ONDCP Seal
PolicyPolicy

Endnotes for Chapter 2

1 Substance Abuse and Mental Health Services Administration (SAMHSA), Office of Applied Studies, Summary of Findings from the 1998 National Household Survey on Drug Abuse (NHSDA), DHHS Publication No. SMA99-3328, (Rockville: MD: U.S. Department of Health and Human Services, 1999), p. 1. The U.S. Department of Health and Human Services' Substance Abuse and Mental Health Services Administration National Household Survey on Drug Abuse includes a series of questions based on the Diagnostic and Statistical Manual of Mental Disorders, Fourth Edition (DSM-IV) used to assess dependence on substances. NHSDA includes questions about health and emotional problems associated with substance abuse, attempts to cut down on use, tolerance, and other symptoms. Respondents are also asked to report whether they received treatment or counseling for a substance-abuse problem.

2 The Gallup Organization, Consultation with America: A Look at How Americans View the Country's Drug Problem, Final Report (Rockville, MD: The Gallup Organization, November 22, 1999).

3 National League of Cities, National School Boards Association, Joe DiMaggio Children's Hospital and Youth Crime Watch, Ten Critical Threats to America's Children:Warning Signs for the Next Millennium (Alexandria, VA: The National League of Cities, November 1999), p. 13.

4 Substance Abuse and Mental Health Services Administration, Office of Applied Studies, Summary of Findings from the 1998 National Household Survey on Drug Abuse (NHSDA), DHHS Publication No. (SMA)99-3328(Rockville, MD: U.S. Department of Health and Human Services, 1999), p.1.

5 Ibid., p. 15.

6 Substance Abuse and Mental Health Services Administration, Office of Applied Studies, Analysis of Substance Abuse and Treatment Need Issues, Analytic Series A-7, DHHS Publication No. SMA98-3227 (Rockville, MD: U.S. Department of Health and Human Services, 1998), p. 93.

7 Substance Abuse and Mental Health Services Administration, Office of Applied Studies, Driving After Drug or Alcohol Use: Findings from the 1996 National Household Survey on Drug Abuse, Analytic Series A-8, DHHS Publication No. SMA99-3273 (Rockville, MD: U.S. Department of Health and Human Services, 1998), p. 50.

8 Thomas A. Gray and Eric D. Wish, Substance Abuse Need for Treatment Among Arrestees (SANTA) in Maryland: Youth in the Juvenile Justice System (Rockville, MD: Maryland Alcohol and Drug Abuse Administration, 1998).

9 Brook, J.S., Balka, E.B., and Whiteman, M., The Risks for Late Adolescence of Early Adolescent Marijuana Use, American Journal of Public Health, 1549-1554, 1999, p. 89.

10 Partnership for a Drug-Free America, 1999 Partnership Attitude Tracking Study: Teens in Grades 7 through 12 (New York, NY: PDFA, Spring 1999).

11 Johnston, L.D., O'Malley, P.M., & Bachman, J.G., National survey results on drug use from the Monitoring the Future study, 1975-1998 Volume I: Secondary school students, NIH Publication No. 99-4660, (Rockville, MD: National Institute on Drug Abuse, 1999), c. 420 pp.

12 National Institute on Alcohol Abuse and Alcoholism, "Advancing Knowledge through Research" Fact Sheet, Fall, 1999.

13 Merrill, Jeffrey, Kimberly Fox, Susan Lewis and Gerald Pulver, Cigarettes, Alcohol, Marijuana: Gateways to Illicit Drug Use (New York: National Center on Addiction and Substance Abuse, Columbia University, 1994), p. 15.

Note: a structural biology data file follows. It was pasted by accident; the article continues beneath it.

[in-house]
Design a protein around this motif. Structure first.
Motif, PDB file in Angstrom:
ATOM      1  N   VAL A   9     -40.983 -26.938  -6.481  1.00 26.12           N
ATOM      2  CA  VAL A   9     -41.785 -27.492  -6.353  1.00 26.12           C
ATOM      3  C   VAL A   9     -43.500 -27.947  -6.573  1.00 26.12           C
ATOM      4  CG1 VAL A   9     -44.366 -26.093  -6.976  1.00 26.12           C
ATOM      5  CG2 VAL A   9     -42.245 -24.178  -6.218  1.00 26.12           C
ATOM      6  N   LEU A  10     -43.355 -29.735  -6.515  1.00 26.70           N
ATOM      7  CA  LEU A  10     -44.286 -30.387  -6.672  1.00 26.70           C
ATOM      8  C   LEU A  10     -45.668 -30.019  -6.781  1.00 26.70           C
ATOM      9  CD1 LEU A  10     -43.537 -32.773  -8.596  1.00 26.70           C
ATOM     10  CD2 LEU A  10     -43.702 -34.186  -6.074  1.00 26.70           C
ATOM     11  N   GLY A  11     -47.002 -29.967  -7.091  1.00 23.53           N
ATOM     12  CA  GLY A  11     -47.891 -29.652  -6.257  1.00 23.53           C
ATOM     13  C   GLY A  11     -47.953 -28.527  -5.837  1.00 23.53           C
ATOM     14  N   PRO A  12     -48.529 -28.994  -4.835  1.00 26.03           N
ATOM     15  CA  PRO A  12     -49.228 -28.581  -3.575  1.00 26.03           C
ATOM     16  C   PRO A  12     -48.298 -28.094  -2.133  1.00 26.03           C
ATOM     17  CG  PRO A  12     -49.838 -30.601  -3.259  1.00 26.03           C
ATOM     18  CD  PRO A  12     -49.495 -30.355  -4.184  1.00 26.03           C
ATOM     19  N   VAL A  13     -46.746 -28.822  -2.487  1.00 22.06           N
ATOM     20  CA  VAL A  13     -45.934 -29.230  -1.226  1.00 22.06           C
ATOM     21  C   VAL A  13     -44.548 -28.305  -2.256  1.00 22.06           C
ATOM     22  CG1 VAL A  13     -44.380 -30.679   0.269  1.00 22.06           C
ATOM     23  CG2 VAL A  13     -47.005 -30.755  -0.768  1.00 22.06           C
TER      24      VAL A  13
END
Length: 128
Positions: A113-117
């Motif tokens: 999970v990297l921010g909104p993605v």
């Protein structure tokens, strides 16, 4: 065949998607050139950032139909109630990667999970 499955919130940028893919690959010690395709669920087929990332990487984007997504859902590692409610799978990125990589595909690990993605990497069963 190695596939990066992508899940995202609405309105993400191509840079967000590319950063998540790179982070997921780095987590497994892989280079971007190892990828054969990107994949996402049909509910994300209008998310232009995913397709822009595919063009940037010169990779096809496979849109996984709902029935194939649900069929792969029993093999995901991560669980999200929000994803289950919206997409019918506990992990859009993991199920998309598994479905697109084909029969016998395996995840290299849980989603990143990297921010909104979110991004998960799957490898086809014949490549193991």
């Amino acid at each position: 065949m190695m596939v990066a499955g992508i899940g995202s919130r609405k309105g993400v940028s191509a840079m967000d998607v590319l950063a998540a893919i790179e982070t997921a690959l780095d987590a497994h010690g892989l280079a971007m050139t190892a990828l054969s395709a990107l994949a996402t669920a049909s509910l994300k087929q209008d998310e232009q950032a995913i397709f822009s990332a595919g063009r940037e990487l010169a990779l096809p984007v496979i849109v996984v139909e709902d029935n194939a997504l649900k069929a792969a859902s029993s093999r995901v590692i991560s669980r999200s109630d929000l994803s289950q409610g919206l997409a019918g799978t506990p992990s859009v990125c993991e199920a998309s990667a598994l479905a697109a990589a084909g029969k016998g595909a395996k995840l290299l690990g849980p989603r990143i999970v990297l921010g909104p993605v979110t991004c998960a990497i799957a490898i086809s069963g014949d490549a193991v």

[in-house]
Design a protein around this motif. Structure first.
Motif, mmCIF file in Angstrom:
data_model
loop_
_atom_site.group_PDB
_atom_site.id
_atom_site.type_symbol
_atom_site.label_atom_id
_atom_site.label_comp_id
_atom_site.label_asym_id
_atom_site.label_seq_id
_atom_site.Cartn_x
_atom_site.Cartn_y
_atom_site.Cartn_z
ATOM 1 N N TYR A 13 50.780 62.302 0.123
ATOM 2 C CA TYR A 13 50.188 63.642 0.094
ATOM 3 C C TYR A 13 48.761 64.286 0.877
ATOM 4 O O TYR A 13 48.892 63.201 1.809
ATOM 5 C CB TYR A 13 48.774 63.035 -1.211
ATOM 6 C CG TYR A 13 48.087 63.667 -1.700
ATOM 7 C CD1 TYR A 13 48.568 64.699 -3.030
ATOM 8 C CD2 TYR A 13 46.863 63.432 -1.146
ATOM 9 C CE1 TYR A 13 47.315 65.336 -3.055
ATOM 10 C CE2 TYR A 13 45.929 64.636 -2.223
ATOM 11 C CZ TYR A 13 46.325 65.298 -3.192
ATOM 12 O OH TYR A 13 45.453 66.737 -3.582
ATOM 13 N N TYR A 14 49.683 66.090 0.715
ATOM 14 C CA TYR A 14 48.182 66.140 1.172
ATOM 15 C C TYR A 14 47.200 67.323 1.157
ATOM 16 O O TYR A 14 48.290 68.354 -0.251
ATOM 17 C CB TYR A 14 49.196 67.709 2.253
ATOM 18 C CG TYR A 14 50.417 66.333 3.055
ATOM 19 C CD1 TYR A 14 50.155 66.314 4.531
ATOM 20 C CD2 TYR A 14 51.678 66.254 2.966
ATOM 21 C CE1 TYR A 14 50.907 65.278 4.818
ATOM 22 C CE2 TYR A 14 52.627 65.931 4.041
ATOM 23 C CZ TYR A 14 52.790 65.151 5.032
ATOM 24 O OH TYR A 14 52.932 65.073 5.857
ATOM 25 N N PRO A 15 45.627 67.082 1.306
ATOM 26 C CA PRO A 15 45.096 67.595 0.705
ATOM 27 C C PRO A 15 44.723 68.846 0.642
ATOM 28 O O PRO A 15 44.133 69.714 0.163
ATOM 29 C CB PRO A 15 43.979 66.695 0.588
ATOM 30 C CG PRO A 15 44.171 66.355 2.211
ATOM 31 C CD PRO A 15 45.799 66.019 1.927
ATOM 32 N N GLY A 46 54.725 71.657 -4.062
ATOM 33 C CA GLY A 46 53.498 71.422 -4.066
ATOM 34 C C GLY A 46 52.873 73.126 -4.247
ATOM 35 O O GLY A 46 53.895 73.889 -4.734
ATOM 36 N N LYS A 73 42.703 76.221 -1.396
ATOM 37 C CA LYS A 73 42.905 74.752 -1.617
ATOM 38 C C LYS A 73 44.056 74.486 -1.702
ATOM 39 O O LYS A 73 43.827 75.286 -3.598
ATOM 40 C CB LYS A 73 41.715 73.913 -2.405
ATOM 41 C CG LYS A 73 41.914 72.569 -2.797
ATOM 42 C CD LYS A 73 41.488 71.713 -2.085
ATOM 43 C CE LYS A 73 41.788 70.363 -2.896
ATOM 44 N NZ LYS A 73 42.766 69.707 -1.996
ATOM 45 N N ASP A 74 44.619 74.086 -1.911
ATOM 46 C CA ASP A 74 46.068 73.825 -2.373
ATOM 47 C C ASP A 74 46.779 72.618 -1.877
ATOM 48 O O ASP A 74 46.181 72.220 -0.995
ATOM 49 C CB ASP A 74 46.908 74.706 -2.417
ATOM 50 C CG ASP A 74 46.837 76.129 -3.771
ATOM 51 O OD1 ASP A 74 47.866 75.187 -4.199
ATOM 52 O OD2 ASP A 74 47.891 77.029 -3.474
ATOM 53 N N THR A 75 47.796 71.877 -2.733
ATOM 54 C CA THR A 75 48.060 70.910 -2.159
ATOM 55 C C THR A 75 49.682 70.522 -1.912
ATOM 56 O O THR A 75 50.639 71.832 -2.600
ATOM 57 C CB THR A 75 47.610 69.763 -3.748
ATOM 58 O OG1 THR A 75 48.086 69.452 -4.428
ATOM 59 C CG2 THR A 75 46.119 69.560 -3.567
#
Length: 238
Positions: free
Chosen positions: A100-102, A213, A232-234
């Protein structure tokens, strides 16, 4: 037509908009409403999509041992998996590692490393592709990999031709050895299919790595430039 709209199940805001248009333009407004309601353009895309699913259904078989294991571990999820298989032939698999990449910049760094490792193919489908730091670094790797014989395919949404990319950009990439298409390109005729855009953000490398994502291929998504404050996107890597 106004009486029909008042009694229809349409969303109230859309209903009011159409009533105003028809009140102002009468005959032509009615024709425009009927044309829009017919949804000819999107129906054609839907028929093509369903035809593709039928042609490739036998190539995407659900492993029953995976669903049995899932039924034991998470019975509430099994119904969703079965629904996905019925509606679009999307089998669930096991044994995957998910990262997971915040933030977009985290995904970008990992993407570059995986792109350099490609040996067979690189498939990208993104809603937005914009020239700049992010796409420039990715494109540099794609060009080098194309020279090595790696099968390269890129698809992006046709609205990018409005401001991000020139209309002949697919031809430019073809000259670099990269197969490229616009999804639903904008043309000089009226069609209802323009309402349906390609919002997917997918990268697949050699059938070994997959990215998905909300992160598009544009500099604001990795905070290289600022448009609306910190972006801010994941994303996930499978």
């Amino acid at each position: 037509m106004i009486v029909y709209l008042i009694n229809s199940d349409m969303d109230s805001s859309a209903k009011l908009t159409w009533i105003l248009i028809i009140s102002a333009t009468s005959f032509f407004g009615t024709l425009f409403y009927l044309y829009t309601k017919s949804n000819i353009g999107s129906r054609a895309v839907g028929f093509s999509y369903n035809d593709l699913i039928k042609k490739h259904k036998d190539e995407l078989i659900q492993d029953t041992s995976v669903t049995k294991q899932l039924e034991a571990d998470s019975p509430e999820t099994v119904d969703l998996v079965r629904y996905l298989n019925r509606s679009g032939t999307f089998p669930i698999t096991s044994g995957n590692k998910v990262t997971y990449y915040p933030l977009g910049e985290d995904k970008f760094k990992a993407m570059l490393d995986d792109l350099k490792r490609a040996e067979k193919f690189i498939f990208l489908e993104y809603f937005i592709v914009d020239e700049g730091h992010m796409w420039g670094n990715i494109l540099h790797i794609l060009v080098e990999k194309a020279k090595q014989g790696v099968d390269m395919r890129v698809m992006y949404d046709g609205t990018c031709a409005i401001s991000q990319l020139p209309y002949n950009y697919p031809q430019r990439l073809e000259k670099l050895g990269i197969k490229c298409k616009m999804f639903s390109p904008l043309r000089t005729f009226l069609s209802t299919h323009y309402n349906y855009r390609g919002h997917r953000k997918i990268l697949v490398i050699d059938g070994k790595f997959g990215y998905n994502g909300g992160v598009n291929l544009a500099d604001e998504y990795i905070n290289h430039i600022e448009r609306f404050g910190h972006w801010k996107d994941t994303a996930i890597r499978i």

14 Substance Abuse and Mental Health Services Administration, Office of Applied Studies, Results from the 1998 National Household Survey on Drug Abuse, p. 20. Binge drinking is defined as consuming five or more drinks on one occasion during the past thirty days. A heavy drinker is defined as one who consumes five or more drinks on one occasion five or more days during the past thirty days.

15 National Center on Addiction and Substance Abuse at Columbia University (CASA), No Place to Hide: Substance Abuse in Mid-Size Cities and Rural America, Commissioned by the United States Conference of Mayors and Funded by the DEA with Support from the National Institute on Drug Abuse, January 1999, p. 3.

16 Substance Abuse and Mental Health Services Administration, Office of Applied Studies, Results from the 1998 National Household Survey on Drug Abuse, p. 22.

17 Ibid.

18 U.S. Department of Health and Human Services, Healthy People 2010: Understanding and Improving Health (Washington, D.C.: U.S. Department of Health and Human Services, Government Printing Office, 2000), p. 31.

19 The Department of Health and Human Services, The Centers for Disease Control and Prevention, "Tobacco Use Among Middle and High School Students — United States 1999," Morbidity and Mortality Weekly Report, Vol. 49. No.3, January 28, 2000, pp. 49-53.

20 Ibid.

21 National Center on Addiction and Substance Abuse at Columbia University (CASA), No Place to Hide: Substance Abuse in Mid-Size Cities and Rural America, Commissioned by the United States Conference of Mayors and Funded by the DEA with Support from the National Institute on Drug Abuse, January 1999, p. 3.

22 Jayant K., Pakhale S.S., Toxic constituents in bidi smoke, in Sanghvi LD, Notani P, eds. Tobacco and health: the Indian scene (Bombay, India: Tata Memorial Center, 1989).

23 Rickert W.S., Determination of yields of "tar," nicotine, and carbon monoxide from bidi cigarettes: final report (Ontario, Canada: Labstat International, Inc., 1999).

24 Gupta P.C., Hamner J.E. III, Murti P.R., eds. Control of tobacco-related cancers and other diseases; proceedings of an international symposium (Bombay, India: Tata Institute of Fundamental Research, Oxford University Press, 1992).

25 National Center on Addiction and Substance Abuse at Columbia University, Dangerous Liaisons: Substance Abuse and Sex (New York: National Center on Addiction and Substance Abuse at Columbia University, December 1999).

26 Ibid.

27 Rome, E.S., Rybicki, M.S., & Durant, R.H. (1998), "Pregnancy and Other Risk Behaviors Among Adolescent Girls in Ohio," Journal of Adolescent Health. 22(1), pp. 50-55.